One of my aims at work is to simplify the development and testing regime as much as possible, and this mostly consists of making sure we’re using the most appropriate tools and technologies wherever possible. In the context of correctness checking this involves determining whether the time we spend installing, configuring and chasing down false positives in third-party tools such as Purify outweighs their benefits.

As a rule I’d always favour using built-in, vendor provided hooks rather than a bolt-on product, and as such I was interested in what we could do with the IMallocSpy functionality in the COM runtime, as our group’s software is almost all COM based.

It turned up some interesting things…

The first was the behaviour of CoRevokeMallocSpy. Stupidly I originally neglected to check the return value, and then when I did, found it was returning E_ACCESSDENIED. It turns out that this means there are still allocations that occurred when the spy was active that haven’t been freed. Given that my use of the spy was to check for leaked allocations in the first place, this was a bit annoying; at least, it meant I couldn’t overload the lifetime of my spy object, to, say, dump a list of leaks when it was destroyed. If there were any leaks it never got destroyed!

The next problem was that it seemed whenever I had an app that called the apparently innocous CLSIDFromProgID, it would leak memory. For example:

addr: 0x0015eb20:
size: 0x2c (44)
c0 31 fd 76 30 c8 15 00 01 00 00 00 01 00 12 00 .1.v0...........
28 00 10 00 00 00 00 00 00 00 00 00 00 00 00 00 ................
01 f0 ad ba bc ec 15 00 94 ec 15 00             ............
[0x77583315] CSpyMalloc_Alloc+0x49
[0x774fd073] CoTaskMemAlloc+0x13
[0x76fd18fb] operator new+0xe
[0x76fd5c6b] StgDatabase::InitClbFile+0x2e
[0x76fdc190] StgDatabase::InitDatabase+0x623c
[0x770076fa] OpenComponentLibraryEx+0x3e
[0x77005306] OpenComponentLibraryTS+0x1a
[0x76fd954d] _RegGetICR+0x761f
[0x76fd1f24] CoRegGetICR+0xffff877d
[0x76fd6a20] IsSelfRegProgID+0x65
[0x76fd80f9] CComCLBCatalog::GetClassInfoFromProgId+0x1783
[0x77518a6d] CComCatalog::GetClassInfoFromProgId+0x100
[0x77518964] CComCatalog::GetClassInfoFromProgId+0x1e
[0x775188a0] CLSIDFromProgID+0x76
[0x004120f5] wmain+0xa5
[0x004173a6] __tmainCRTStartup+0x1a6
[0x004171ed] wmainCRTStartup+0xd
[0x7c816fd7] BaseProcessStart+0x23

Looking at the stack trace, it seemed there was some kind of internal caching going on, but what was confusing me was that I was under the impression that all memory allocated by the COM runtime would be freed by the time CoUninitialize was done. After all, you can’t make any further COM calls after this point. If you don’t believe me, just try using a static CComPtr, and see what happens in DllMainCRTStartup when your app exits.

After a bit of poking about with WinDbg (thank goodness we get decent symbols for the OS now), I could see that some kind of “database” was being created within CLBCATQ.DLL:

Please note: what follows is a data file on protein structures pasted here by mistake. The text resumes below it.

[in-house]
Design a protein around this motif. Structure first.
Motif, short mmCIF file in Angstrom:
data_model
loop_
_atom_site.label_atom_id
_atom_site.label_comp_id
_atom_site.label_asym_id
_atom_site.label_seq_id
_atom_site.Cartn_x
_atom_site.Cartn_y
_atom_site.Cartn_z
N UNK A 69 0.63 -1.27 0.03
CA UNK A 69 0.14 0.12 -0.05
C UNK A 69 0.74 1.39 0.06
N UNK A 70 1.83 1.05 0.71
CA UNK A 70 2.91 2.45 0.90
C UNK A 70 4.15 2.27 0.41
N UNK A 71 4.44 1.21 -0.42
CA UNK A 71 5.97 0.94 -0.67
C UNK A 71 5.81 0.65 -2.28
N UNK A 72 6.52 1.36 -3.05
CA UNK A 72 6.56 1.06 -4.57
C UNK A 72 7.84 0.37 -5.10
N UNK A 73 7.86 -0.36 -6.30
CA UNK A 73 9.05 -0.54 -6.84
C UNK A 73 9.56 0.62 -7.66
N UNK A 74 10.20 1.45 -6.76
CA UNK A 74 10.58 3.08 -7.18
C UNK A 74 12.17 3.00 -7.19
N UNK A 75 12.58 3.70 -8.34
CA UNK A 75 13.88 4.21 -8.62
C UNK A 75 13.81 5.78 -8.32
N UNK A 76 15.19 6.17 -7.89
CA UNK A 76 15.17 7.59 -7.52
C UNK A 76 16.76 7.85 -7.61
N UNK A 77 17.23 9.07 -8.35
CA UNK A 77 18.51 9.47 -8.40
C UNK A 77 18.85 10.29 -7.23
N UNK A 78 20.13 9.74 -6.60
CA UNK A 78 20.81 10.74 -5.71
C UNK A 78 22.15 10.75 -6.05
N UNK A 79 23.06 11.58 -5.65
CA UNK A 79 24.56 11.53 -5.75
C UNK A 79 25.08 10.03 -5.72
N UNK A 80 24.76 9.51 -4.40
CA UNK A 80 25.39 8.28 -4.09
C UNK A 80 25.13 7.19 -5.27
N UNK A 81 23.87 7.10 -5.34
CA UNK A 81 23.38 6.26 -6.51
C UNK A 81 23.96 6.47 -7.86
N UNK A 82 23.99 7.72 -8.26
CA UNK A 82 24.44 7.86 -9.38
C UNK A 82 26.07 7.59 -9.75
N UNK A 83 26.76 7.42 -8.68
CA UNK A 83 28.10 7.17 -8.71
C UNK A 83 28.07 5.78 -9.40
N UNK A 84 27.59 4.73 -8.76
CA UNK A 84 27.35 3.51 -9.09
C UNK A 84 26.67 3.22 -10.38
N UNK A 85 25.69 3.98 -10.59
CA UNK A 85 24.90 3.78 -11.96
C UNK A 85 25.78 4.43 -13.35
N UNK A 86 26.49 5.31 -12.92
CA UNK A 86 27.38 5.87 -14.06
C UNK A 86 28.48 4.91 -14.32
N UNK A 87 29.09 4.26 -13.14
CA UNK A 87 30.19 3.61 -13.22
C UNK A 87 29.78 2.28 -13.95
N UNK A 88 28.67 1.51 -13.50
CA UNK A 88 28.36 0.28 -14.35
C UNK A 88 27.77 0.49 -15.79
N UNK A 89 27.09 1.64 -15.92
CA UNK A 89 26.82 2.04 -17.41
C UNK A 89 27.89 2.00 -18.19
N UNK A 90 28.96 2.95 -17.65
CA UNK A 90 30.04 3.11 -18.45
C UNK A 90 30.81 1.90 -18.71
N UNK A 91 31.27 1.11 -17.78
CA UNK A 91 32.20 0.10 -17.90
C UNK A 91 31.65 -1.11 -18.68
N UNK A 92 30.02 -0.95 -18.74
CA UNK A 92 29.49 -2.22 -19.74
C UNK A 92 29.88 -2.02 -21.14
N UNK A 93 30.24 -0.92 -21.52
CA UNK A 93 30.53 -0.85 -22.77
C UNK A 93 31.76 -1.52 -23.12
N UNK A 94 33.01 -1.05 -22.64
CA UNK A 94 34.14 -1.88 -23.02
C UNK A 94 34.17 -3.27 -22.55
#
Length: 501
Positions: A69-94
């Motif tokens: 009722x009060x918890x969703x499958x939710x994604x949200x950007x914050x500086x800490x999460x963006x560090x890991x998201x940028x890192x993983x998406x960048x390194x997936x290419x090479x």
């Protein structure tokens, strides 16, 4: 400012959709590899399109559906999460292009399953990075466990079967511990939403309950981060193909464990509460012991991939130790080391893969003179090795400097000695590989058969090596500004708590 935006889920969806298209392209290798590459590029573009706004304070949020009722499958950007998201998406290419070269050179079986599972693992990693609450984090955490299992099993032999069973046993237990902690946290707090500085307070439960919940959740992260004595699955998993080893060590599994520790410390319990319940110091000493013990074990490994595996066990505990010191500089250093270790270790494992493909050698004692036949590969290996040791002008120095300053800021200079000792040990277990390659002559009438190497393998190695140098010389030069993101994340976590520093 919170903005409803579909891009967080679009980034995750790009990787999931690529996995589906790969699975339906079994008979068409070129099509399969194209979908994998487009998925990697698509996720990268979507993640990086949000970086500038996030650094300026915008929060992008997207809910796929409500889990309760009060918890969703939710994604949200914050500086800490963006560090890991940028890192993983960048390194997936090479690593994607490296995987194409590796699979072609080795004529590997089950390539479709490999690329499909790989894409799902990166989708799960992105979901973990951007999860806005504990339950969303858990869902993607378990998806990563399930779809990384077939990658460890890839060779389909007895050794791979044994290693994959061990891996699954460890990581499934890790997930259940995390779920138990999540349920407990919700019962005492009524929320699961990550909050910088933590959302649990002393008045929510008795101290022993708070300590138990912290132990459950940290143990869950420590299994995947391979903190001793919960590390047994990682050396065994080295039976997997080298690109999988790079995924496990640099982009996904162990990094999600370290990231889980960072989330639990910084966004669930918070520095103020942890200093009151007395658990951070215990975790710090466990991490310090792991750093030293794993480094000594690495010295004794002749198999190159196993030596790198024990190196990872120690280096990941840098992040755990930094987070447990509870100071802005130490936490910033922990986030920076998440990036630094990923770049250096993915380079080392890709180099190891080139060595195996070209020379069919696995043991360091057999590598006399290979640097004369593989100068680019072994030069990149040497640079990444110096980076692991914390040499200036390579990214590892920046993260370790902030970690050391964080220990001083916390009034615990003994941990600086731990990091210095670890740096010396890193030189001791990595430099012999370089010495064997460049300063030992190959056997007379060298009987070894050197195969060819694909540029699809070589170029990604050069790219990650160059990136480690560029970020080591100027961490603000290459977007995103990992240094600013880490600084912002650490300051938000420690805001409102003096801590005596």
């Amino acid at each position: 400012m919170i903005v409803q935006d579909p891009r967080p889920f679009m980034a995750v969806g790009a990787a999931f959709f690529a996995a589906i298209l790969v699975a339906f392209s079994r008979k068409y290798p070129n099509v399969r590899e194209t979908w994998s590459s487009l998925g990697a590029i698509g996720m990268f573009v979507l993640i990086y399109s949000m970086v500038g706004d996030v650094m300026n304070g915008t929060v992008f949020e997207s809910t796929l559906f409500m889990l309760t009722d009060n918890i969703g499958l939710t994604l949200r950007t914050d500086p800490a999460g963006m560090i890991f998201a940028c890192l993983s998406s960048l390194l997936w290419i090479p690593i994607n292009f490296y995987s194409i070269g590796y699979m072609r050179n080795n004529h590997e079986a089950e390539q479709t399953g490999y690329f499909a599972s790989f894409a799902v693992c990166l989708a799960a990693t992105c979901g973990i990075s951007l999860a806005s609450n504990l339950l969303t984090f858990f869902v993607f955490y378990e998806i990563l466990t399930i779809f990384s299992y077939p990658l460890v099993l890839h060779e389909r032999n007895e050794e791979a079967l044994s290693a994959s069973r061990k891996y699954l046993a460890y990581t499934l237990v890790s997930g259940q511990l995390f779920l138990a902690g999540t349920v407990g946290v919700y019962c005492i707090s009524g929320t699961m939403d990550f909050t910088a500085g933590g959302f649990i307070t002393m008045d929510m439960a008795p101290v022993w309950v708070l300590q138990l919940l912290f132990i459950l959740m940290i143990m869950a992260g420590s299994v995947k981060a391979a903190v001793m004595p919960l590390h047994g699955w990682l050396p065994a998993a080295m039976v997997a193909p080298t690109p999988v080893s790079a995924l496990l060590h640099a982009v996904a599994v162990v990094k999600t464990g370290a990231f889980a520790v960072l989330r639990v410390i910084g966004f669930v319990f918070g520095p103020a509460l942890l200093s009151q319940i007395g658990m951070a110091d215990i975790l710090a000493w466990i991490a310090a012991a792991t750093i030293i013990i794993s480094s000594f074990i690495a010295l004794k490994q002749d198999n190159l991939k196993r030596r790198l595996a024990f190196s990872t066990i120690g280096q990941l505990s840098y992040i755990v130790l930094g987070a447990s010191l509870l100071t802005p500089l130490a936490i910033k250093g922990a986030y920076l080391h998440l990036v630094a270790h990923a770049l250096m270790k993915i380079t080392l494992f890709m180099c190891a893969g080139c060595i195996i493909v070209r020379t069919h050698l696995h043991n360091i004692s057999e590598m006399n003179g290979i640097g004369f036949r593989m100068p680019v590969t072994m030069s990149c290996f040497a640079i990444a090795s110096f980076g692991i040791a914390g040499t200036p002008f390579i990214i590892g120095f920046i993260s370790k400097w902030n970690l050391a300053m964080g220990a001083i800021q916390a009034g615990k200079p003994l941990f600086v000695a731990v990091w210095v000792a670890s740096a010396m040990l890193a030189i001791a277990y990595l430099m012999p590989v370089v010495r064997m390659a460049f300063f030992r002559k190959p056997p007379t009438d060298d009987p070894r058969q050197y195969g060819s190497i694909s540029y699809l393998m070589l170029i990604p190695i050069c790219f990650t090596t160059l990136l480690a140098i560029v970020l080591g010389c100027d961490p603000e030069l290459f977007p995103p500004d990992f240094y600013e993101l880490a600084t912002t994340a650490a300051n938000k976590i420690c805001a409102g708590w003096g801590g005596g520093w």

0:000> k
ChildEBP RetAddr¼br> 0012faf4 770076fa CLBCATQ!StgDatabase::InitDatabase
0012fb18 77005306 CLBCATQ!OpenComponentLibraryEx+0x3e
0012fb34 76fd954d CLBCATQ!OpenComponentLibraryTS+0x1a
0012fdd0 76fd1f24 CLBCATQ!_RegGetICR+0x205
0012fdf0 76fd6a20 CLBCATQ!CoRegGetICR+0x29
0012fe48 76fd80f9 CLBCATQ!IsSelfRegProgID+0x6b
0012fe88 77518a6d CLBCATQ!CComCLBCatalog::GetClassInfoFromProgId+0x51
0012fec0 77518964 ole32!CComCatalog::GetClassInfoFromProgId+0x149
0012fee0 775188a0 ole32!CComCatalog::GetClassInfoFromProgId+0x1e
0012ff0c 00401340 ole32!CLSIDFromProgID+0x95
0012ff7c 00401cae testleakcheck!wmain+0x60
0012ffc0 7c816fd7 testleakcheck!__tmainCRTStartup+0x10f [f:\rtm\vctools\crt_bld\self_x86\crt\src\crtexe.c @ 583]
0012fff0 00000000 kernel32!BaseProcessStart+0x23

I could see by looking at the exports that there was a function called CoRegCleanup in CLBCATQ.DLL that looked like it could be used to free up this storage before I did my leak checking. Calling it by dynamically getting the function pointer using GetProcAddress did make a difference, but there was still some memory not freed, and I didn’t feel comfortable using an undocumented function in this way.

Then I remembered the magical OANOCACHE environment variable.

This is used to tell the COM runtime not to cache memory used for BSTRs, VARIANTs, SAFEARRAYs, or anything else allocated using CoTaskMalloc. So, I set the variable, re-ran the test and voila! the apparent leaks disappeared. There must be something in CLBCATQ that detects the environment varibale and disables it’s internal cache.

So the moral of the story is; if you’re attempting to reliably track memory usage with IMallocSpy, remember to make sure you have OANOCACHE set, otherwise you will always end up with memory not being freed until late into process teardown.